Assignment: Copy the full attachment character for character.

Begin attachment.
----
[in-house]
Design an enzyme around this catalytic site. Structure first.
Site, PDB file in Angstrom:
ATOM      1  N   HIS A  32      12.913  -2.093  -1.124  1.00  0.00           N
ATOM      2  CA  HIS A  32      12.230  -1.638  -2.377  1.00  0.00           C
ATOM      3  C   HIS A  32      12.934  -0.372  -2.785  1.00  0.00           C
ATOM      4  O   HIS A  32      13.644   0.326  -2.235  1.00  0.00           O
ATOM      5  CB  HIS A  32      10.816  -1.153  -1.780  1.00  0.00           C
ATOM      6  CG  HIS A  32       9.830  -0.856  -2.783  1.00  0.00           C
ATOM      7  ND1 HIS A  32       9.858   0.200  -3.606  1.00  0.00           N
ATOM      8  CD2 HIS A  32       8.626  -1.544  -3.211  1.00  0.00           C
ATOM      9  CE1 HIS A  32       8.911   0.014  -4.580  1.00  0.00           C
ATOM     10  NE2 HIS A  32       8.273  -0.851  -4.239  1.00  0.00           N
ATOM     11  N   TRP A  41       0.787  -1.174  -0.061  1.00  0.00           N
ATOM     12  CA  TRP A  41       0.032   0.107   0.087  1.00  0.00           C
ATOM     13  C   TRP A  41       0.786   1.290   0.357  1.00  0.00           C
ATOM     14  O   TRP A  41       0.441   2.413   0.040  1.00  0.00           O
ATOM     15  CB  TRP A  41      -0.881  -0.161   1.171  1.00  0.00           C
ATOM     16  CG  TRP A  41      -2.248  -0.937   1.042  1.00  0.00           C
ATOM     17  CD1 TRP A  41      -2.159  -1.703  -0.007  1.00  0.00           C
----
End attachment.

[in-house]
Design an enzyme around this catalytic site. Structure first.
Site, PDB file in Angstrom:
ATOM      1  N   HIS A  32      12.913  -2.093  -1.124  1.00  0.00           N
ATOM      2  CA  HIS A  32      12.230  -1.638  -2.377  1.00  0.00           C
ATOM      3  C   HIS A  32      12.934  -0.372  -2.785  1.00  0.00           C
ATOM      4  O   HIS A  32      13.644   0.326  -2.235  1.00  0.00           O
ATOM      5  CB  HIS A  32      10.816  -1.153  -1.780  1.00  0.00           C
ATOM      6  CG  HIS A  32       9.830  -0.856  -2.783  1.00  0.00           C
ATOM      7  ND1 HIS A  32       9.858   0.200  -3.606  1.00  0.00           N
ATOM      8  CD2 HIS A  32       8.626  -1.544  -3.211  1.00  0.00           C
ATOM      9  CE1 HIS A  32       8.911   0.014  -4.580  1.00  0.00           C
ATOM     10  NE2 HIS A  32       8.273  -0.851  -4.239  1.00  0.00           N
ATOM     11  N   TRP A  41       0.787  -1.174  -0.061  1.00  0.00           N
ATOM     12  CA  TRP A  41       0.032   0.107   0.087  1.00  0.00           C
ATOM     13  C   TRP A  41       0.786   1.290   0.357  1.00  0.00           C
ATOM     14  O   TRP A  41       0.441   2.413   0.040  1.00  0.00           O
ATOM     15  CB  TRP A  41      -0.881  -0.161   1.171  1.00  0.00           C
ATOM     16  CG  TRP A  41      -2.248  -0.937   1.042  1.00  0.00           C
ATOM     17  CD1 TRP A  41      -2.159  -1.703  -0.007  1.00  0.00           C